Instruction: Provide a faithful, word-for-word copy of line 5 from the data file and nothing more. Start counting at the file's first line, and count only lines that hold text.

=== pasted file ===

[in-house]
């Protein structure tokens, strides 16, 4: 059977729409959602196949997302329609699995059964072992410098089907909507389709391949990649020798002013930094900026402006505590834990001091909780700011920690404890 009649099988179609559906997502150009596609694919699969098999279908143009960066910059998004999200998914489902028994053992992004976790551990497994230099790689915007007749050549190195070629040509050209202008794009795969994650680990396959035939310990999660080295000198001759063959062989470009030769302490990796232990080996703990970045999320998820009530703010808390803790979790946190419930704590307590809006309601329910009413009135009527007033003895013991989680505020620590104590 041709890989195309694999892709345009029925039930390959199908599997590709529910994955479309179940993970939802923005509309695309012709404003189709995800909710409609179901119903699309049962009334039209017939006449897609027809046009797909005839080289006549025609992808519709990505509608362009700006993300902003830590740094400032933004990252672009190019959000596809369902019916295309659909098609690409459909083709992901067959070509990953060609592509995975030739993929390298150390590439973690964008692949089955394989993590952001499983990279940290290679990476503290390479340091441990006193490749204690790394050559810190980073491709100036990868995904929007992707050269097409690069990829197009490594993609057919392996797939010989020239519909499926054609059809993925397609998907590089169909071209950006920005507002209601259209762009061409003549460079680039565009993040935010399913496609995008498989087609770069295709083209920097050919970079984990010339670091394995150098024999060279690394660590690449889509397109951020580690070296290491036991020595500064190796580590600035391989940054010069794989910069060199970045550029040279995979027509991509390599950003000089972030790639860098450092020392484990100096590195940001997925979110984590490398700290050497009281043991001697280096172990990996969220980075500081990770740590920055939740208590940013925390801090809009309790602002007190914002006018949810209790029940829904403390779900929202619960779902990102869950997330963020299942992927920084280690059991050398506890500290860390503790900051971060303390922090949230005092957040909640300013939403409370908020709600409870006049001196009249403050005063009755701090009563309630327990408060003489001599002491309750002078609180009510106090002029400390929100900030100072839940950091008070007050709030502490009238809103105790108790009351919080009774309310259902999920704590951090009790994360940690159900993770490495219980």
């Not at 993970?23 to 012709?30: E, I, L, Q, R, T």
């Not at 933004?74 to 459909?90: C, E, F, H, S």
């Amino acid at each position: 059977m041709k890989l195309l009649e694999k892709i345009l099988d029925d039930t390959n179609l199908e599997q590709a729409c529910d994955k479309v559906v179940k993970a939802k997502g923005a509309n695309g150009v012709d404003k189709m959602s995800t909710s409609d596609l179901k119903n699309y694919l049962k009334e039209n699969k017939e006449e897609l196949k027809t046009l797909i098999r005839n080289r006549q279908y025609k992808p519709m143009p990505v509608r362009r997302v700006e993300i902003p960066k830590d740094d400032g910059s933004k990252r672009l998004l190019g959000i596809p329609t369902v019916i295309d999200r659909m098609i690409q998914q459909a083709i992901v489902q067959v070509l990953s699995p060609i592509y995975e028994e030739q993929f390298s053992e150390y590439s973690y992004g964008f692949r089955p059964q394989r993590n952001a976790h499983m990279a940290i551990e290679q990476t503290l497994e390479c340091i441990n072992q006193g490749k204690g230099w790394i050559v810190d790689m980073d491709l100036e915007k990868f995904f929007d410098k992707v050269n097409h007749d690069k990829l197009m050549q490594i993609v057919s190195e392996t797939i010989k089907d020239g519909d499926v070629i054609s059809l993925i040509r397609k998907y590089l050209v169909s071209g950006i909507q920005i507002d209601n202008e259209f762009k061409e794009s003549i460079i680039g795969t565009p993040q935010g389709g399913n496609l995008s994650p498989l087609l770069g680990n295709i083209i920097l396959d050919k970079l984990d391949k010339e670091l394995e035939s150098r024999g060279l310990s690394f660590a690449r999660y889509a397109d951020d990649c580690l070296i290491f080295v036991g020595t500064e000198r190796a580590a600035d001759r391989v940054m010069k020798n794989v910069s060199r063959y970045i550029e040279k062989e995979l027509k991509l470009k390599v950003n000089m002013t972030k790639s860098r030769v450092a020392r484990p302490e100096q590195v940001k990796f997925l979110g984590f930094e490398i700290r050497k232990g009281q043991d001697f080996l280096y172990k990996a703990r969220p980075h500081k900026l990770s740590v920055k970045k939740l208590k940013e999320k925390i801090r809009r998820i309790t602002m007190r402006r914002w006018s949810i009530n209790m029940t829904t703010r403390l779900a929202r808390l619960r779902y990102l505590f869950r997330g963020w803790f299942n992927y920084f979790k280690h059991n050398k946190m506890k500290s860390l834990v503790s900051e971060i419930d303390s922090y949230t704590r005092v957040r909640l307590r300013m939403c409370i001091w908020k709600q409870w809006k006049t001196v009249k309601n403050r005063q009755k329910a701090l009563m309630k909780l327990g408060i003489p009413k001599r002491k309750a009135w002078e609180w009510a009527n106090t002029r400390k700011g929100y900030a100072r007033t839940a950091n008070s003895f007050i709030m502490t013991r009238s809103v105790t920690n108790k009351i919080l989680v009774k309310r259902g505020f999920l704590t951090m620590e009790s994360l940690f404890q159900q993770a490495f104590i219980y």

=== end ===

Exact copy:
């Amino acid at each position: 059977m041709k890989l195309l009649e694999k892709i345009l099988d029925d039930t390959n179609l199908e599997q590709a729409c529910d994955k479309v559906v179940k993970a939802k997502g923005a509309n695309g150009v012709d404003k189709m959602s995800t909710s409609d596609l179901k119903n699309y694919l049962k009334e039209n699969k017939e006449e897609l196949k027809t046009l797909i098999r005839n080289r006549q279908y025609k992808p519709m143009p990505v509608r362009r997302v700006e993300i902003p960066k830590d740094d400032g910059s933004k990252r672009l998004l190019g959000i596809p329609t369902v019916i295309d999200r659909m098609i690409q998914q459909a083709i992901v489902q067959v070509l990953s699995p060609i592509y995975e028994e030739q993929f390298s053992e150390y590439s973690y992004g964008f692949r089955p059964q394989r993590n952001a976790h499983m990279a940290i551990e290679q990476t503290l497994e390479c340091i441990n072992q006193g490749k204690g230099w790394i050559v810190d790689m980073d491709l100036e915007k990868f995904f929007d410098k992707v050269n097409h007749d690069k990829l197009m050549q490594i993609v057919s190195e392996t797939i010989k089907d020239g519909d499926v070629i054609s059809l993925i040509r397609k998907y590089l050209v169909s071209g950006i909507q920005i507002d209601n202008e259209f762009k061409e794009s003549i460079i680039g795969t565009p993040q935010g389709g399913n496609l995008s994650p498989l087609l770069g680990n295709i083209i920097l396959d050919k970079l984990d391949k010339e670091l394995e035939s150098r024999g060279l310990s690394f660590a690449r999660y889509a397109d951020d990649c580690l070296i290491f080295v036991g020595t500064e000198r190796a580590a600035d001759r391989v940054m010069k020798n794989v910069s060199r063959y970045i550029e040279k062989e995979l027509k991509l470009k390599v950003n000089m002013t972030k790639s860098r030769v450092a020392r484990p302490e100096q590195v940001k990796f997925l979110g984590f930094e490398i700290r050497k232990g009281q043991d001697f080996l280096y172990k990996a703990r969220p980075h500081k900026l990770s740590v920055k970045k939740l208590k940013e999320k925390i801090r809009r998820i309790t602002m007190r402006r914002w006018s949810i009530n209790m029940t829904t703010r403390l779900a929202r808390l619960r779902y990102l505590f869950r997330g963020w803790f299942n992927y920084f979790k280690h059991n050398k946190m506890k500290s860390l834990v503790s900051e971060i419930d303390s922090y949230t704590r005092v957040r909640l307590r300013m939403c409370i001091w908020k709600q409870w809006k006049t001196v009249k309601n403050r005063q009755k329910a701090l009563m309630k909780l327990g408060i003489p009413k001599r002491k309750a009135w002078e609180w009510a009527n106090t002029r400390k700011g929100y900030a100072r007033t839940a950091n008070s003895f007050i709030m502490t013991r009238s809103v105790t920690n108790k009351i919080l989680v009774k309310r259902g505020f999920l704590t951090m620590e009790s994360l940690f404890q159900q993770a490495f104590i219980y």